Welcome new readers!

The "New to the blog? Start here" page will give you an overview of the blog and point you to some posts you might be interested in. You can also subscribe to receive future posts via RSS, Facebook or Twitter using the links on the right-hand side of the page, or via email by entering your address in the box. Thanks for reading!

Tuesday, January 19, 2010

Are my students lazy - or just unmotivated?

I started a post last night (about the fact that although classes have not yet begun, I'm already getting emails with annoying questions that suggest my students are either stupid or lazy) but I ended up deleting it because I decided it didn't really have a point; I was just complaining, and since I already spend far too much time doing that in real life, I probably don't need to do more of it online. So I had to laugh when I woke up this morning to a post on ProfHacker, titled These Kids Today: How Not to Talk About Undergrads, reminding me that the problem is not always them:
I’m not saying that students, like proverbial customers, are always right, or that you *must* completely change your teaching to one particular style...But you do need to recognize that they can’t always be wrong–or, perhaps more precisely, if your fundamental assumption about them is that they’re unteachable, then that becomes self-fulfilling.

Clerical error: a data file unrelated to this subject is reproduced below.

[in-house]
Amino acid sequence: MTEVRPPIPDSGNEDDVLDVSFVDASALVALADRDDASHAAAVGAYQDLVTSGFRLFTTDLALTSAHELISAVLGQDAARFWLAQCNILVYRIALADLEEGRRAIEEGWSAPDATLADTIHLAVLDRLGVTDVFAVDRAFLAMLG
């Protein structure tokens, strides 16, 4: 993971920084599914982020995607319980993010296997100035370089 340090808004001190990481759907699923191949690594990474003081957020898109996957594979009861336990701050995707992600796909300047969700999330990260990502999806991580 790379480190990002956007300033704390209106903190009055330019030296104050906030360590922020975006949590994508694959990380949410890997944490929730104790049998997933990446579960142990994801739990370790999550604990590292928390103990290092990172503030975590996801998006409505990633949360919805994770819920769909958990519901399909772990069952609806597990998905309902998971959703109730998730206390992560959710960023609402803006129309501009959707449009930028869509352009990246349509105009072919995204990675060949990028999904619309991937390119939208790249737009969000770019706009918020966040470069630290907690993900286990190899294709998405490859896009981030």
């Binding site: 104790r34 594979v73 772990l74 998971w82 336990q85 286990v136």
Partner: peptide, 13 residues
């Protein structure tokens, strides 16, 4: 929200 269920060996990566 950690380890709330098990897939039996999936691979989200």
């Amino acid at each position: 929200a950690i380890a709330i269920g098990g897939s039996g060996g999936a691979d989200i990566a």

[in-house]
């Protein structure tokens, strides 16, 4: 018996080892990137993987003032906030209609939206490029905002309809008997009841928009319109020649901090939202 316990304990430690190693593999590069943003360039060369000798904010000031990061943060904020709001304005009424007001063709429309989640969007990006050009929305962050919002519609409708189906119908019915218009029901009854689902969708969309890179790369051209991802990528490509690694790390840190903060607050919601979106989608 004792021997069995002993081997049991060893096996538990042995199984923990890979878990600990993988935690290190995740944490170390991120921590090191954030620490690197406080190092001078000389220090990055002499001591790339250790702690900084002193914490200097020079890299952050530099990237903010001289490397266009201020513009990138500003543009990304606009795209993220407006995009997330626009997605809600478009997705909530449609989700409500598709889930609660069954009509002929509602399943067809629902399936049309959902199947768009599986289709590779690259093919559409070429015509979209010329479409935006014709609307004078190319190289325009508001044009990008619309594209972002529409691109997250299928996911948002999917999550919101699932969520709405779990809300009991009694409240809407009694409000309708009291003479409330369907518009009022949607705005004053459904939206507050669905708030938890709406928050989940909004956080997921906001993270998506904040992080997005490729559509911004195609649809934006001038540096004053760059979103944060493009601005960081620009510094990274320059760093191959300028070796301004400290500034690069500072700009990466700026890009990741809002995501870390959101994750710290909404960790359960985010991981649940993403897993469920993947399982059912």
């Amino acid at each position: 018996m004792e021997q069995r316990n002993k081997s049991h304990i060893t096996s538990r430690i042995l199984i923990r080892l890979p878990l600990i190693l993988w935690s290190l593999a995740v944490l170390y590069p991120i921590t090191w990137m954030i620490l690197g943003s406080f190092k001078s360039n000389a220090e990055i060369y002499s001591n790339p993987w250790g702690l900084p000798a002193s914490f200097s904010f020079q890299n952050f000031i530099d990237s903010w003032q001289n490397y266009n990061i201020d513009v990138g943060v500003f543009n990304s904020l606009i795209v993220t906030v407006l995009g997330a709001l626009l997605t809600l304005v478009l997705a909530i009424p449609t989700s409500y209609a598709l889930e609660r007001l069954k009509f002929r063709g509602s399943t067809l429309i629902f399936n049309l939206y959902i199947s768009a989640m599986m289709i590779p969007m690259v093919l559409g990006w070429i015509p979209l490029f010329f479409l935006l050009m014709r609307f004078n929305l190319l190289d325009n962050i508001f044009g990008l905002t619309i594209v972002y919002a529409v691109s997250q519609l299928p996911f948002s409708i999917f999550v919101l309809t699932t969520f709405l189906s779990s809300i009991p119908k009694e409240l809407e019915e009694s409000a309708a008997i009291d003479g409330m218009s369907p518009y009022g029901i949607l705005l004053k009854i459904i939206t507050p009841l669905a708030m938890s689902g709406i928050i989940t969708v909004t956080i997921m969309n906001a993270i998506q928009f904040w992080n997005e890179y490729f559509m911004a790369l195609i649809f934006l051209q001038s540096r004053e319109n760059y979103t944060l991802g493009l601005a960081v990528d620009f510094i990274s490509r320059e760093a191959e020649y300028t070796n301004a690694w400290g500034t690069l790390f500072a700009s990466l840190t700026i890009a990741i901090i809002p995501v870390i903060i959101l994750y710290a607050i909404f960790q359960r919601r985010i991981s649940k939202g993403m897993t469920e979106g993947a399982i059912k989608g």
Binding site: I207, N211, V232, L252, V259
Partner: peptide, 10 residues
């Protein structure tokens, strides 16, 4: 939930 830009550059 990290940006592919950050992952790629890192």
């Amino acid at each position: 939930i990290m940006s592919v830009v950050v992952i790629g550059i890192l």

Serendipitously, there was also a related article on Inside Higher Ed about whether 'these kids today' are incredibly lazy or highly sophisticated and creative.What really struck me was something in the last paragraph:
Whether we see the face of laziness or sophistication, nearly all major studies show a student core interested in spirituality and purpose. I have come to conclude that "the dream needs to be stronger than the struggle," and when students commit to causes they deem worthy they are more likely to succeed.
When I encounter a student who appears to be lazy, or narcissistic and entitled, or otherwise exhibiting attitudes that suggest they do not care about their education (or care more about their grade than about whether they are learning), it may help to step back and ask whether there is something I could have done, or could be doing, to better motivate them, to engage them, to get them to see that learning economics is not just about getting a grade in a class but about understanding their world and making better decisions.

Or I could just go vent on Facebook...

1 comment:

  1. Everyone has the right to complain occasionally about students! And surely there are *individual* students who don't much care about their education. (I seem to remember being one as a freshman, though I came around eventually.)

    My point was just that if you find yourself thinking that way about your students as a group, then . . .

    ReplyDelete

Comments that contribute to the discussion are always welcome! Please note that spammy comments whose only purpose seems to be to direct traffic to a commercial site will be deleted.